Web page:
Revelstoke Farm & Craft Market board directors are hoping the community can move forward after learning that Wild Flight Farm will not be at this year’s market.
This comes after their decision to exclude the Mara area farm as a vendor in the upcoming summer market caused a social media outcry, with many questioning why the market would exclude a very popular vendor who was coming up on his 25th season here. They criticized what they felt was a lack of transparency on the board.
In an interview with the Mountaineer, board members said they made the decision citing an uneasiness over continuing to allow Wild Flight to bring in produce not grown on their farm. There was also concern over the potential loss of the B.C. Association of Farmers’ Markets coupon program. The program provides support for low-income seniors and families to access fresh, local produce throughout the summer.
In order to be part of the program, markets have to be part of the BC Association of Farmers’ Markets and follow the rules that all vendors “make, bake, grow or raise” items they sell.
“For me it’s been good news and bad news,” said director Dan Meakes. “The outcome of it is we’re coming to the end of creating a change, something that’s better for Revelstoke.”
Meakes said the addition of new farmers at this year’s market will ensure people still have access to produce over the summer. The difference will be that because produce is not being imported, market goers will have to wait until items are in season.
“I think the biggest change is that everything will be in season. It will all be grown on local farms,” said Meakes.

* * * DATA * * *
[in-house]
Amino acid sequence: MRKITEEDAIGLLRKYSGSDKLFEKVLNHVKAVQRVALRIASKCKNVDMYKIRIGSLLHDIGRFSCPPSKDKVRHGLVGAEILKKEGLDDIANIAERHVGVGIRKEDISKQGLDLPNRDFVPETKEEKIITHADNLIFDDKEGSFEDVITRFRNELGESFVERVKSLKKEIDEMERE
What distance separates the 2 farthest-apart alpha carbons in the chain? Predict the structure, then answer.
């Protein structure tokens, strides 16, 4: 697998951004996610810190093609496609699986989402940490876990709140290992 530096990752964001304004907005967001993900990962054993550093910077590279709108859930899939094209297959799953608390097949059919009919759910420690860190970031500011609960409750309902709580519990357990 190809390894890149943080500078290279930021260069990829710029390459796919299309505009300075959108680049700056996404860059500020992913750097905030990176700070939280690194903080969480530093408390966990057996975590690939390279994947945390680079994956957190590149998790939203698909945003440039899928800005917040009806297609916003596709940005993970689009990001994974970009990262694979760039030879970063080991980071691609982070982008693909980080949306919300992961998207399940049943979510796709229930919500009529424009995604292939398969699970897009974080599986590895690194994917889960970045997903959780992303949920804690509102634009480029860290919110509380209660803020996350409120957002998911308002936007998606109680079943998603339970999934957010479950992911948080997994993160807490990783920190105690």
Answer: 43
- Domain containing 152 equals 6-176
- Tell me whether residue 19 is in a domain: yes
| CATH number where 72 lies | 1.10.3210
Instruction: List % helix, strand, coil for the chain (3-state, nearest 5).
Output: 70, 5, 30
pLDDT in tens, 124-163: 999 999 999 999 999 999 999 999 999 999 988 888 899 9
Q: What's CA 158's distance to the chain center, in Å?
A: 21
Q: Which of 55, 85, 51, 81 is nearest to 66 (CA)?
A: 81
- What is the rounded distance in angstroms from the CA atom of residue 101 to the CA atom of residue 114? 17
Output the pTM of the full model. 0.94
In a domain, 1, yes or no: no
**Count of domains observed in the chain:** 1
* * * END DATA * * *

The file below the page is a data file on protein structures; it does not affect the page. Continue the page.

Hermann Bruns, owner of Wild Flight Farm said he understands the controversy around his practice of importing produce. He says it has been difficult to accept the board wasn’t interested in continuing to have him as a member.
“I know it is a bit of a controversy for farmers’ markets. The concept of a farmers’ market is to provide an opportunity for locally made products. I see that’s a valuable trait, but on the other hand I like to look at it from a practical perspective,” said Bruns.
Market president Tamaralea Nelles said despite the board’s decision to not renew Wild Flight’s membership, they have made attempts to help Bruns create a second market. The second market would have allowed Wild Flight to continue his practice of importing produce.
“We even went so far as going to city hall for him. All he had to do was move his stall from inside [the community centre] to outside,” she said.
Melissa Hemphill is the food security coordinator with Community Connections. She said she had spoken to both Bruns and the board.
“I spoke with both sides and they couldn’t come to an agreement,” she said.
She also spent some time looking into the logistics of a second market, but said at this point it was likely too late to get anything going before the start of the season.
Bruns said he is considering options on how to continue to make produce from Wild Flight Farm available in Revelstoke. He did not say that the Revelstoke board of directors had provided any assistance in attempting to create a second market.
Meakes said there had been a plan in the works to create two markets. One market which would adhere to the BCAFM rules, and a second market where Wild Flight Farm could sell imported produce.
“The reality is we need to move on. We need to go through the process of healing and properly building two markets,” he said.
The board of directors is scheduled to meet for their AGM on April 8. A group opposing the decision to has scheduled a protest to coincide with the meeting starting Saturday, April 8 at 10 a.m. at the Revelstoke Community Centre.